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Monumentum

Mithraeum of Caesarea Maritima

This shrine developed towards the end of 1st century and remained active until late 3rd.
 
 
Mithraeum.eu
20 May 2007
 
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At present this is the only Mithraeum known in Roman province of Syria Palestina. [...] It is difficult to assign an exact date to the founding of the Caesarea Maritima Mithraeum. No dedicatory plaques have been discovered that might aid in the dating. The lamps found with the taurectone medallion are from the end of the first century to the late third century A.D. Other pottery and coins from the vault are also from this era. Therefore it is speculated that this Mithraeum developed toward the end of the first century and remained active until the late third century. This matches the dates assigned to the Dura-Europos and the Sidon Mithraea.

Lewis M. Hopfe

Comments

  • Andreu

    Willing to visit!

     
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    Laura Thomas

    Where is the Mithraeum relative to Herod's temple, the amphitheatre or some other isgnificant landmark?

     
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    Kathy Carey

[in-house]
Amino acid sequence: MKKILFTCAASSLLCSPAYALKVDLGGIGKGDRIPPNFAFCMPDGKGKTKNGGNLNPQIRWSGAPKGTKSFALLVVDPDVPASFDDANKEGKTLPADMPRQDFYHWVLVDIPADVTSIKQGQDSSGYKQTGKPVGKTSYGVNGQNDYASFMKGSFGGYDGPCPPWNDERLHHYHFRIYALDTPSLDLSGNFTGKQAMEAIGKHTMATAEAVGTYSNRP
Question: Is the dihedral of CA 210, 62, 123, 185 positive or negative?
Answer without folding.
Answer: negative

I participated in the Combined Caesarea Expeditions for three weeks in 1993. We excavated the hillside next to this Mithraeum and were allowed to go inside on the Summer Solstice to experience this amazing space. What a treat to be able to find a photograph on-line so many years later.

     
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    Robert Fritzius

    Back in February 2011, I received a report that the Mithraeum at Caesarea had been "torn down." In September 2011, I asked an archaeologist in Israel to check on this. He says that two other archaeologists, currently working in Caesarea, informed him that the Mithraeum had not been torn down but that it "has" been covered up (with sand and gravel). Visitor reports are solicited.

     
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    Robert Fritzius

    According to Robert J. Bull (February 2011) this Mithraeum has been demolished.

     
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    Vito Quattrocchi

    On a tour of Caesarea Maritima, I got the opportunity to step inside the Mithraeum. Our tour guide didn't even point it out but I recognized it for what it was. We lost the tour for fifteen minutes as a result, but it was incredible.

     
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    Robert Fritzius

    For Laura Thomas.

    I installed a Google Earth image of Caesarea Maritima on my website. (URL above) On the image the Mithraeum is represented by a long black rectangle. (The longer of two.)

     

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